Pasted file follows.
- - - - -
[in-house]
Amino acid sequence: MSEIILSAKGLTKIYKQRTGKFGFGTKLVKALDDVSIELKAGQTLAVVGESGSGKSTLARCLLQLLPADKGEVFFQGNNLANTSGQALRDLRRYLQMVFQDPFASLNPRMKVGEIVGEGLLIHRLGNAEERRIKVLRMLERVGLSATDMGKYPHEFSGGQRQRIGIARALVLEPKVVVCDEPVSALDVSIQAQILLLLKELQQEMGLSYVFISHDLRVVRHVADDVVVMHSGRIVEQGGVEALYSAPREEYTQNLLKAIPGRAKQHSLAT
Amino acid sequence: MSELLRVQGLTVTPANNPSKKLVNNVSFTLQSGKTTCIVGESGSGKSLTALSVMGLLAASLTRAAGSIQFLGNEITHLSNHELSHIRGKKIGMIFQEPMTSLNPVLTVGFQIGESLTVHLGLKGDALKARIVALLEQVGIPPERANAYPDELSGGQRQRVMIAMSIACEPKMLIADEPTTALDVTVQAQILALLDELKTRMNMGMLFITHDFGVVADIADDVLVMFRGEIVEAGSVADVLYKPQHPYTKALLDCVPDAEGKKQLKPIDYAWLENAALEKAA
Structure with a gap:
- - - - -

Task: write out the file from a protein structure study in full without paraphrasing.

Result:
[in-house]
Amino acid sequence: MSEIILSAKGLTKIYKQRTGKFGFGTKLVKALDDVSIELKAGQTLAVVGESGSGKSTLARCLLQLLPADKGEVFFQGNNLANTSGQALRDLRRYLQMVFQDPFASLNPRMKVGEIVGEGLLIHRLGNAEERRIKVLRMLERVGLSATDMGKYPHEFSGGQRQRIGIARALVLEPKVVVCDEPVSALDVSIQAQILLLLKELQQEMGLSYVFISHDLRVVRHVADDVVVMHSGRIVEQGGVEALYSAPREEYTQNLLKAIPGRAKQHSLAT
Amino acid sequence: MSELLRVQGLTVTPANNPSKKLVNNVSFTLQSGKTTCIVGESGSGKSLTALSVMGLLAASLTRAAGSIQFLGNEITHLSNHELSHIRGKKIGMIFQEPMTSLNPVLTVGFQIGESLTVHLGLKGDALKARIVALLEQVGIPPERANAYPDELSGGQRQRVMIAMSIACEPKMLIADEPTTALDVTVQAQILALLDELKTRMNMGMLFITHDFGVVADIADDVLVMFRGEIVEAGSVADVLYKPQHPYTKALLDCVPDAEGKKQLKPIDYAWLENAALEKAA
Structure with a gap: